This is a test run for an Herbal Botany blog series Tito and I want to do together. Each entry will focus on one plant family. The ability to recognize plant families is essential to identifying specific plants used as medicine. Knowing the plant family of an individual significantly narrows down the list of possible species. This also saves a lot of time when using dichotomous keys like the Jepson Manual or Plants of the San Francisco Bay Region, which are organized by plant families.
Today we focus on the Onagraceae (Fushia/Evening Primrose) family. It is widespread throughout California accounting for many gorgeous ornamentals, and wildflowers notably Clarkias, Oenotheras, Camissonias and Ludwigias (Beildleman, 2014, p.232). Although some cultivated varieties may be woody, ie. Fuschias, the vast majority of our California native plants are herbaceous - woodless annuals or perennials (Beildleman). The leaves are variable in that they can be either alternate, opposite, or whorled, but are usually simple (not compound like a fern or buckeye) with toothed margins (TJM2). The flowers are generally radially symmetrical, and bisexual (having both female and male parts on the same flower) (Simpson, 2010, p.357). One of the most important characters we use to recognize this family is the presence of a hypanthium (floral cup) - a region of the flower where the sepals, petal, and stamens are fused into one structure. The hypanthium is connected to an inferior ovary, often elongated and frequently differing in color (TJM2). One can recognize a hypanthium by cutting into the structure between the sepals and ovary, and confirming that the sepals, petals, and stamens all emerge at the same level. As described in Jepson, most California specimen have 4 sepals, 4 petals, 4 or 8 stamen (male parts), 4 carpels (female parts). The number of carpels can sometimes be easily counted in this family when the stigmas are lobbed like a plus sign, but the stigmas are also often rounded like a Frisbee in which case counting the number of carpels is more complicated, yet rarely necessary. You can memorize the number of floral parts listed above by using the floral formula 4-4-8-4, in the order sepals, petals, stamens, carpels. We use 8 as the number of stamen as it it most common in the family.
One of our medicinal members of this family is the Evening Primrose including Oenothera elata ssp. hookeri, O. biennis, O. californica, O. pallida, O. villosa, as listed by Michael Moore in Medicinal Plants of the Mountain West. The whole plant is edible as cooked greens, boiled roots, or seeds. The herb is diuretic, anti-spasmodic, anti-inflammatory and may act as a sedative nervine. It also has affinities to the respiratory system, lower bowels, generative organs (reproductive), and skin (integumentary). It is commonly used for hormonal regulation and menstrual cramping and pain. The seeds in particular contain 20% linoleic acid and gamma-linoleic acid (Moore p.113) giving it anti-inflammatory properties as well as potential to regulate hormones and hypersensitivities. Evening Primrose Oil is often touted as a remedy to Asthma and Eczema, however, I have also seen it make symptoms worsen. Some studies show it to be useful, some ineffective, and others inconclusive, therefore, it may be dose dependent and relative to physiological constitution or other factors in individual people. See for example Bamford et all 2013; Chung et all 2013; Schlichte et all 2016.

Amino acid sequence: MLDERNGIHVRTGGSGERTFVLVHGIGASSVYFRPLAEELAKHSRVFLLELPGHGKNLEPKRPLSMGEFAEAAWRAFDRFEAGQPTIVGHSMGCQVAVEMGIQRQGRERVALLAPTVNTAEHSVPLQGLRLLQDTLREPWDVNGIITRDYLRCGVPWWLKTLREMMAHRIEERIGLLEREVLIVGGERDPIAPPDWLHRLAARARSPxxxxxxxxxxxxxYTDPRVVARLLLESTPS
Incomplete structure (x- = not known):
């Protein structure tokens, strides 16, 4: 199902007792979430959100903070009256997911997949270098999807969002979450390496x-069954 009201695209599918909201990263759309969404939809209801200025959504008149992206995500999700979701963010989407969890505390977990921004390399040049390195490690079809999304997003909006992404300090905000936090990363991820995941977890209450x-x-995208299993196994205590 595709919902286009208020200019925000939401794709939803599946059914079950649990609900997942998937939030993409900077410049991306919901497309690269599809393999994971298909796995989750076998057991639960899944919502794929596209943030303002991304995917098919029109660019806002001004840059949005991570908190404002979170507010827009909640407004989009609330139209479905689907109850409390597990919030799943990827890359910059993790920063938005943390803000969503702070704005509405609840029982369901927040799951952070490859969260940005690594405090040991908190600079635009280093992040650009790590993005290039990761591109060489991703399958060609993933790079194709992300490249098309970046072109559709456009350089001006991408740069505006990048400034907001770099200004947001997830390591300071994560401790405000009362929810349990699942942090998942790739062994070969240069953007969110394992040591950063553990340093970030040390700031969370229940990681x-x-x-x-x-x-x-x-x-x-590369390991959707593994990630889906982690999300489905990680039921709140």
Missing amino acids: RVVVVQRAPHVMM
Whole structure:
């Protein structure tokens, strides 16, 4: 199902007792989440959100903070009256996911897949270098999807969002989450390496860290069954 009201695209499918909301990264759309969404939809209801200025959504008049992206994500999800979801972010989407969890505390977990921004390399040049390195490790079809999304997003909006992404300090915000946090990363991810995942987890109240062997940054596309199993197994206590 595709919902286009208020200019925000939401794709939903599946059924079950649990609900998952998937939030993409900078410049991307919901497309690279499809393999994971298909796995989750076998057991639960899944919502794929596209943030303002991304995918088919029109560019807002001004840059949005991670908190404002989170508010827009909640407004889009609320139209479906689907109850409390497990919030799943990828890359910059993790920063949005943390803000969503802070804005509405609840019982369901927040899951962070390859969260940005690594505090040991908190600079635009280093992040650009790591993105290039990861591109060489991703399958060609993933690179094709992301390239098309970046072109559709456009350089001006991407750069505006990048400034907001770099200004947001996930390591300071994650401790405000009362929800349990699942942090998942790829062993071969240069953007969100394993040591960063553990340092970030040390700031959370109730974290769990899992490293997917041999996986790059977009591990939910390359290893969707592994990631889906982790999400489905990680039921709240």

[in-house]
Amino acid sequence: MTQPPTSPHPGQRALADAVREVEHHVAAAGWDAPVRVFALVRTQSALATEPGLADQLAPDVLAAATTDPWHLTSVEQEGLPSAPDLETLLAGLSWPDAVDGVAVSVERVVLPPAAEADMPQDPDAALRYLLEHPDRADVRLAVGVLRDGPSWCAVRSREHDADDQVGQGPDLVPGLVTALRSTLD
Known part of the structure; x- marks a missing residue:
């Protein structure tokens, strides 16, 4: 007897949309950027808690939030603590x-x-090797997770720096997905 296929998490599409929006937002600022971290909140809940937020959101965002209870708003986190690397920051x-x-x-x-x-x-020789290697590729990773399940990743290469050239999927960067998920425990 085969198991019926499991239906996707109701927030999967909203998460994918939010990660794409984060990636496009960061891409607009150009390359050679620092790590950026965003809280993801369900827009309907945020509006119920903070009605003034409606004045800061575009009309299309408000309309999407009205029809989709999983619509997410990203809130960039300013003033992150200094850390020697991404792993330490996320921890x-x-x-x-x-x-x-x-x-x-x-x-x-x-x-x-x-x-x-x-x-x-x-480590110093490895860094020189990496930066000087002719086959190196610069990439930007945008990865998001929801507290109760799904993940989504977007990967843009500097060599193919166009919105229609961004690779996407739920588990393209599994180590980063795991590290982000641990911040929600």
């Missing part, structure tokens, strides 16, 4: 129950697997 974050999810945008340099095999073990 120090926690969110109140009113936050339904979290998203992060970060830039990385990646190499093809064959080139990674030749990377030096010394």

Cynthia Athina Kemp Scherer, in Alchemy of the Desert, describes using White Evening Primrose (Oenothera deltoides) Flower Essence in clearing a vision of our soul purpose. As a night blooming plant, it is useful in helping us move through dark times to awaken to our true selves (p. 308). This is powerful medicine for these dark times, giving us support to heal our past so that we can show up in our power.
Please give me feedback using the comment section below if you want to see more blog entries like this one. Was this too basic, too advanced? Is there anything I need to clarify? Is there a particular family you would like to learn about next? Looking forward to creating more Herbal Botany blog post soon.
**This information is for educational purposes only and is not intended as a substitute for medical care. Please consult your health care practitioner or work with a trained herbalist.
Baldwin, B. G., Goldman, D. H., & Vorobik, L. A. (2012). The Jepson manual: Vascular plants of California. Berkeley, Calif: University of California Press.
Bamford, J. T., Ray, S., Musekiwa, A., Van, C., Humphreys, R., & Ernst, E. (2013, April 30). Oral evening primrose oil and borage oil for eczema. Retrieved from
Beidleman, L. H., & Kozloff, E. N. (2014). Plants of the San Francisco Bay Region: Mendocino
to Monterey. Berkeley: University of California Press.
Chung, B. Y., Kim, J. H., Cho, S. I., Ahn, I. S., Kim, H. O., Park, C. W., & Lee, C. H. (2013, August).
Dose-dependent effects of evening primrose oil in children and adolescents with atopic
dermatitis. Retrieved from https://www.ncbi.nlm.nih.gov/pubmed/24003269
Moore, M. (2003). Medicinal plants of the mountain West. Santa Fe: Museum of New Mexico
Scherer, C. A. (2003). The alchemy of the desert: A comprehensive guide to desert flower
essences for professional & self-help use. Tucson, AZ: Desert Alchemy Editions.
Schlichte, M. J., Vandersall, A., & Katta, R. (2016, July 31). Diet and eczema: A review of
dietary supplements for the treatment of atopic dermatitis. Retrieved from
Simpson, M. G. (2010). Plant systematics. Burlington, MA: Elsevier.